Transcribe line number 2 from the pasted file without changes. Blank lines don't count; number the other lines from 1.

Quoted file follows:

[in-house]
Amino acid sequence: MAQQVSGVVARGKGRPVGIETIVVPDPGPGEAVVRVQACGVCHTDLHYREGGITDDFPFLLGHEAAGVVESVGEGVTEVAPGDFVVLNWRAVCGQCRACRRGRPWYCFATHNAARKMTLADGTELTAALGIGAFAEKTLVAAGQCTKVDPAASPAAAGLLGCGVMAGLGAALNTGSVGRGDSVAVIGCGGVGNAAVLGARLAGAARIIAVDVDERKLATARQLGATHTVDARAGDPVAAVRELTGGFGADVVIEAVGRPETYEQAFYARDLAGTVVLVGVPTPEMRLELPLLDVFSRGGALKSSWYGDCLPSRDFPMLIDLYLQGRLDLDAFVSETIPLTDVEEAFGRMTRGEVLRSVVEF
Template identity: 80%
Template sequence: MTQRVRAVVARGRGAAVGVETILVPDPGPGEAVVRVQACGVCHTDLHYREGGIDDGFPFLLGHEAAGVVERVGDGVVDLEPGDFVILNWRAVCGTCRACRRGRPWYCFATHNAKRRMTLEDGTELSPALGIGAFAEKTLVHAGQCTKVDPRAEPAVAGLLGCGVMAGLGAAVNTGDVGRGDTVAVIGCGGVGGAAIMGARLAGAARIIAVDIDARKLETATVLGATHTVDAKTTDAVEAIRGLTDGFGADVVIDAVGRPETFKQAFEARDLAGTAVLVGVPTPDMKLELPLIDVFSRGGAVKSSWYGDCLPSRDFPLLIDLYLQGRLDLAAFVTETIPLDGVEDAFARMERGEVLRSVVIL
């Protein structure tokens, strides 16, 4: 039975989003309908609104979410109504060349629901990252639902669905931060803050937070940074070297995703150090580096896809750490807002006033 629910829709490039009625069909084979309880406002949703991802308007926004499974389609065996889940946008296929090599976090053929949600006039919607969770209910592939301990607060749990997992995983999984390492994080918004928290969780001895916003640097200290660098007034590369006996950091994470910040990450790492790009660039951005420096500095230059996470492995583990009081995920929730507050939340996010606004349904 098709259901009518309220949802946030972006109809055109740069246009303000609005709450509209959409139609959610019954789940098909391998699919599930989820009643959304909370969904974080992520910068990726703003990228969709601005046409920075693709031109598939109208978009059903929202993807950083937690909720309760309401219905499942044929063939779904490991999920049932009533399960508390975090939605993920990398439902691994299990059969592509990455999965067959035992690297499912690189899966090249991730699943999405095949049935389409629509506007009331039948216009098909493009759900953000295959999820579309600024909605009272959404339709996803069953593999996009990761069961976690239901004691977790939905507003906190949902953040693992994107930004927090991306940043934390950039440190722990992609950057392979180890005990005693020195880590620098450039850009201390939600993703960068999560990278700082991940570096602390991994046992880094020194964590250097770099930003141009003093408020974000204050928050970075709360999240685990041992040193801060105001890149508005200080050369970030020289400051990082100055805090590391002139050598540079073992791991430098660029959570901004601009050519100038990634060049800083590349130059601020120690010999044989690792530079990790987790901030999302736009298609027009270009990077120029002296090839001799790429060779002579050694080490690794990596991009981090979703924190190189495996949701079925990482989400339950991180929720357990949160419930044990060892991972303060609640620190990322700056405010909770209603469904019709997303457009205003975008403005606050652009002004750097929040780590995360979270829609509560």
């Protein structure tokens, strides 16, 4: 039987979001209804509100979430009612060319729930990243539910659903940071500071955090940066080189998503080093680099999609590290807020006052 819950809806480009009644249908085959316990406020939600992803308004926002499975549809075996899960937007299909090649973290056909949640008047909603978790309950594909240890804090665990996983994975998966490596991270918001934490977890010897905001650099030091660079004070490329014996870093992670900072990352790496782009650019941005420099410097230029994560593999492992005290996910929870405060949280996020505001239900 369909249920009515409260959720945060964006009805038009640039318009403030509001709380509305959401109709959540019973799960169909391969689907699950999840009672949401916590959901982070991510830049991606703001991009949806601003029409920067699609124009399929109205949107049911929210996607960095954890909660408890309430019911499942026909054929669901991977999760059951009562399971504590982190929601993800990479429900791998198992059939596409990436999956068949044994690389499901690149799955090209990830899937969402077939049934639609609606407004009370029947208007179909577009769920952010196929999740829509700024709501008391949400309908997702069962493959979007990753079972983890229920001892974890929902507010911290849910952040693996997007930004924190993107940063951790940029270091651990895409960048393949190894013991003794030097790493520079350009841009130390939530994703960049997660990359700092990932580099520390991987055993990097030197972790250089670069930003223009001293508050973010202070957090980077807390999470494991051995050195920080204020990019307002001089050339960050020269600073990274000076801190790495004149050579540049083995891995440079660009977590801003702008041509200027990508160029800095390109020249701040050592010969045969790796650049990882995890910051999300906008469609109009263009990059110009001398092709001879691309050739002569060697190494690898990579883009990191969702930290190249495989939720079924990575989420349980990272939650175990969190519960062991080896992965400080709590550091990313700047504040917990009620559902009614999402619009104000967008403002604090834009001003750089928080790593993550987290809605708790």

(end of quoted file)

Amino acid sequence: MAQQVSGVVARGKGRPVGIETIVVPDPGPGEAVVRVQACGVCHTDLHYREGGITDDFPFLLGHEAAGVVESVGEGVTEVAPGDFVVLNWRAVCGQCRACRRGRPWYCFATHNAARKMTLADGTELTAALGIGAFAEKTLVAAGQCTKVDPAASPAAAGLLGCGVMAGLGAALNTGSVGRGDSVAVIGCGGVGNAAVLGARLAGAARIIAVDVDERKLATARQLGATHTVDARAGDPVAAVRELTGGFGADVVIEAVGRPETYEQAFYARDLAGTVVLVGVPTPEMRLELPLLDVFSRGGALKSSWYGDCLPSRDFPMLIDLYLQGRLDLDAFVSETIPLTDVEEAFGRMTRGEVLRSVVEF